Still working my way through a backlog of legal and other writing work, so the best I can do is to give you a heads up about a few other articles I found interesting. All of these came courtesy of Earl, and all address Obamacare.
First, Earl sent me a Reason article saying that, when Obamacare implodes, Republicans should stand ready to give the free market a chance. I couldn’t agree more. And the important thing to remember in that regard is that the free market hasn’t functioned in the world of medical care since the mid-1960s, when Johnson introduced Medicaid and Medicare. Both of those entitlements swiftly perverted the market and created America’s e enormous debt burden. Indeed, Avik Roy puts a little perspective on things by showing that Obamacare, rather than being an entirely new socialist burden, is simply the icing on the government entitlement cake. The system was collapsing anyway and Obamacare, rather than “bending the curve,” will only hasten the system’s wholesale collapse. This means that Leftists are on to something when they say conservatives are being unduly hysterical. They understand that Obamacare is simply more of the same, rather than a whole new system.
My sense is that Republicans, with their usual knack for snatching defeat from the jaws of victory will be caught utterly flat-footed when the system does break under its own weight. Rather than having a free-market plan at the ready, they will out-shriek Democrats when it comes to creating yet another government monstrosity to repair the disaster. Rahm Emanuel may have said that one should never let a crisis go to waste, but it’s the Republicans that have put a spin on it: never let a crisis be used to advance liberty and the free market.
Speaking of the free market, have you ever heard of Samaritan Health-Care Ministries? It’s an absolutely fascinating group whereby its members help each other. It’s predicated on faith, honesty, and generosity, all of which are alien to a government program, and antithetical to a society that causes Disneyland to shut down its line-skipping benefits for handicapped people, because so many fully-abled people were cheating. The question is whether Samaritan Health-Care Ministries can survive Obamacare? This is because Obamacare does nothing to incentivize price cuts in the free market, and does everything to make more people dependent on having others pay their way — without any reciprocating obligations. It’s those reciprocating obligations that are so important to gratitude, moral fiber, and honesty . . . and that are so at odds with the impersonality of government largesse and the sense that people can demand their “rights” rather than count their blessings.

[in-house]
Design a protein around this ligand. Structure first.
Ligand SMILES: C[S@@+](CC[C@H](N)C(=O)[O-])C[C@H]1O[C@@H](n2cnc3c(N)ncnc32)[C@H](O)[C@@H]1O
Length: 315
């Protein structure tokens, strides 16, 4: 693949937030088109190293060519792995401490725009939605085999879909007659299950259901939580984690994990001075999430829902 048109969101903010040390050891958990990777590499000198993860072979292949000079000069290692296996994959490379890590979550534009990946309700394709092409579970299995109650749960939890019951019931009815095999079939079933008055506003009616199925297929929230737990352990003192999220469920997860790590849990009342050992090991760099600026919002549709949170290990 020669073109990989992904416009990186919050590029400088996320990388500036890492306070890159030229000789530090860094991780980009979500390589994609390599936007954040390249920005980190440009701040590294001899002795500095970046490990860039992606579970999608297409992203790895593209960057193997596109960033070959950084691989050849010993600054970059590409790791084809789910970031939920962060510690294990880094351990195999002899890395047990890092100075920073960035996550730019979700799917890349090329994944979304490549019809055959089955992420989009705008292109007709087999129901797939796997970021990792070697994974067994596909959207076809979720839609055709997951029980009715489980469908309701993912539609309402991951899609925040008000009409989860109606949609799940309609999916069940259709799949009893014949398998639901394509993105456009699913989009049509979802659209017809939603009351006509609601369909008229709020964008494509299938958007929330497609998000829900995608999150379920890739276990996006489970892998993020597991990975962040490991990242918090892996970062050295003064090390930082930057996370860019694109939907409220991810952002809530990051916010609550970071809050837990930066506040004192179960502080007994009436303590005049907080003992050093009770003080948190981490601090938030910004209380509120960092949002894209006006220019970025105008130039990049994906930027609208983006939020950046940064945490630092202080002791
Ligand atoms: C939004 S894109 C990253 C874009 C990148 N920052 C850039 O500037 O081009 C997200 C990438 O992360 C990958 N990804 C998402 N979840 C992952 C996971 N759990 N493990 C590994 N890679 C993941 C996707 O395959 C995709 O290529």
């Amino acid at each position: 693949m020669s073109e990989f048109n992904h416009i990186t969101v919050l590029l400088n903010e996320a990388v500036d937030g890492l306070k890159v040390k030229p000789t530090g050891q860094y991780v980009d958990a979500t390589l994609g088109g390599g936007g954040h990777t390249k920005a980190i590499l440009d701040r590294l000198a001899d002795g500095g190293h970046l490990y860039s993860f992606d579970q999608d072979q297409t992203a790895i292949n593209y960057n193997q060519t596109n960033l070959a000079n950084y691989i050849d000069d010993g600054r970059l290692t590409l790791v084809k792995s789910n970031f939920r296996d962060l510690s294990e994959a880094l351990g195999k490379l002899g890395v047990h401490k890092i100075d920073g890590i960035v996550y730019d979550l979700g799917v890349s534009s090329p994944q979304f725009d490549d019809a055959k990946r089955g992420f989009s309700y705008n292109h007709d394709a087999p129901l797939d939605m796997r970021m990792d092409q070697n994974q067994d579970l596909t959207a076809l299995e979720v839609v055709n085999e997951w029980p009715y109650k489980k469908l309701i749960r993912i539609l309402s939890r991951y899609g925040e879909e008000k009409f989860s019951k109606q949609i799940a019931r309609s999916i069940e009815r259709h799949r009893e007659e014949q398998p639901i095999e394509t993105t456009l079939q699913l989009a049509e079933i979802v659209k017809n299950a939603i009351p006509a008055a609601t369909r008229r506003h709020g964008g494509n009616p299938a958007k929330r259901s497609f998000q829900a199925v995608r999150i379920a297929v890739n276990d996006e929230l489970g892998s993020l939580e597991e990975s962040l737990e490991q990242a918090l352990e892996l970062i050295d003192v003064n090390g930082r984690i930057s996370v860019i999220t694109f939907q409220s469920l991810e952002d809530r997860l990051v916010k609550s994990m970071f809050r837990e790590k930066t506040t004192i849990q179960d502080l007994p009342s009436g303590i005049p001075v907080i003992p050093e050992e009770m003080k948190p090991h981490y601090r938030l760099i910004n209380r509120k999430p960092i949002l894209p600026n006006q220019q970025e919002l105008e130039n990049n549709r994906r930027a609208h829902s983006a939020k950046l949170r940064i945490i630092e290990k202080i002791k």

I have to comment upon all of the liberals I know on Facebook who are complaining that what the House is doing is unconstitutional because “Obamacare is the law.” They all seem terribly surprised when I point out to them gently that it’s entirely constitutional for the House to have the power of the purse. Moreover, they are slumguzzled when I note that the Founders probably gave the House this power because it is called the “House of Representatives” for a reason. It’s members serve for much shorter terms than Supreme Court justices (life terms), executives (minimum 4 year terms) and Senators (minimum 6 year terms). This means that, if people are not pleased with the decisions made by those bodies that cannot easily be booted, they can make their displeasure known through the House, where new representatives can be rotated in every two years. Additionally, unlike the other branches of government, the House of Representatives mirrors population. This is why it’s got the power to put the brakes on schemes cooked up by members of the other branches of government who are elected or appointed in numbers unrelated to the American population, and who have job security unrelated, or less related, to their immediate conduct.
Summed up, the Founders made it very clear that, no matter the laws passed, the ultimate power lay with the body most close to the people. After all, he who pays the piper calls the tune.
And, on a completely different topic, Qwest CEO Joseph Nacchio is out of prison. He was sent there for engaging in unethical practices, but he said all along that he was set-up by the government. His crime? Refusing to allow the NSA to spy on his customers. With Edward Snowden’s revelations about the scope of government spying, Nacchio is feeling pretty darn vindicated. Glenn Reynolds has the perfect coda to this news blurb: “There was a time I would have doubted that sort of claim, but not so much now.”